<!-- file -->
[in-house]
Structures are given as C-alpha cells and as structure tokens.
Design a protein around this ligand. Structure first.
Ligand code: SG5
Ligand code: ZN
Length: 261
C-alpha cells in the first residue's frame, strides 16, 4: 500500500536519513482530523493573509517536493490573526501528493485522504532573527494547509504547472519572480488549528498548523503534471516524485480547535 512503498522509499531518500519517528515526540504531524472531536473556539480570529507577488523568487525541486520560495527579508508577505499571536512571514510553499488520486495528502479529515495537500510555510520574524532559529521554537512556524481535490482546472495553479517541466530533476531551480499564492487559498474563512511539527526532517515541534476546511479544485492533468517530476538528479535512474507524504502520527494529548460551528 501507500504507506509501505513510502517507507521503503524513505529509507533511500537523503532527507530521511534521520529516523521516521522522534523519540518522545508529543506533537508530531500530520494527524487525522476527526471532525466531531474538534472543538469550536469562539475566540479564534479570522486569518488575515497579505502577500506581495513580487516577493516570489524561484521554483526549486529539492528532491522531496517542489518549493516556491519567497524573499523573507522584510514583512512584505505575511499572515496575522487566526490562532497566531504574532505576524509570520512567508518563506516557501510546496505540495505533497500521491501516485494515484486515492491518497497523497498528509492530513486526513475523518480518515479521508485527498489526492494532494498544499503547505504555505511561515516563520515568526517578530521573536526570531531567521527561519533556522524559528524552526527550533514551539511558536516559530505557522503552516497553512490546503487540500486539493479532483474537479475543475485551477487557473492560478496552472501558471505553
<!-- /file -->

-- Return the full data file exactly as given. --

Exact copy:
[in-house]
Structures are given as C-alpha cells and as structure tokens.
Design a protein around this ligand. Structure first.
Ligand code: SG5
Ligand code: ZN
Length: 261
C-alpha cells in the first residue's frame, strides 16, 4: 500500500536519513482530523493573509517536493490573526501528493485522504532573527494547509504547472519572480488549528498548523503534471516524485480547535 512503498522509499531518500519517528515526540504531524472531536473556539480570529507577488523568487525541486520560495527579508508577505499571536512571514510553499488520486495528502479529515495537500510555510520574524532559529521554537512556524481535490482546472495553479517541466530533476531551480499564492487559498474563512511539527526532517515541534476546511479544485492533468517530476538528479535512474507524504502520527494529548460551528 501507500504507506509501505513510502517507507521503503524513505529509507533511500537523503532527507530521511534521520529516523521516521522522534523519540518522545508529543506533537508530531500530520494527524487525522476527526471532525466531531474538534472543538469550536469562539475566540479564534479570522486569518488575515497579505502577500506581495513580487516577493516570489524561484521554483526549486529539492528532491522531496517542489518549493516556491519567497524573499523573507522584510514583512512584505505575511499572515496575522487566526490562532497566531504574532505576524509570520512567508518563506516557501510546496505540495505533497500521491501516485494515484486515492491518497497523497498528509492530513486526513475523518480518515479521508485527498489526492494532494498544499503547505504555505511561515516563520515568526517578530521573536526570531531567521527561519533556522524559528524552526527550533514551539511558536516559530505557522503552516497553512490546503487540500486539493479532483474537479475543475485551477487557473492560478496552472501558471505553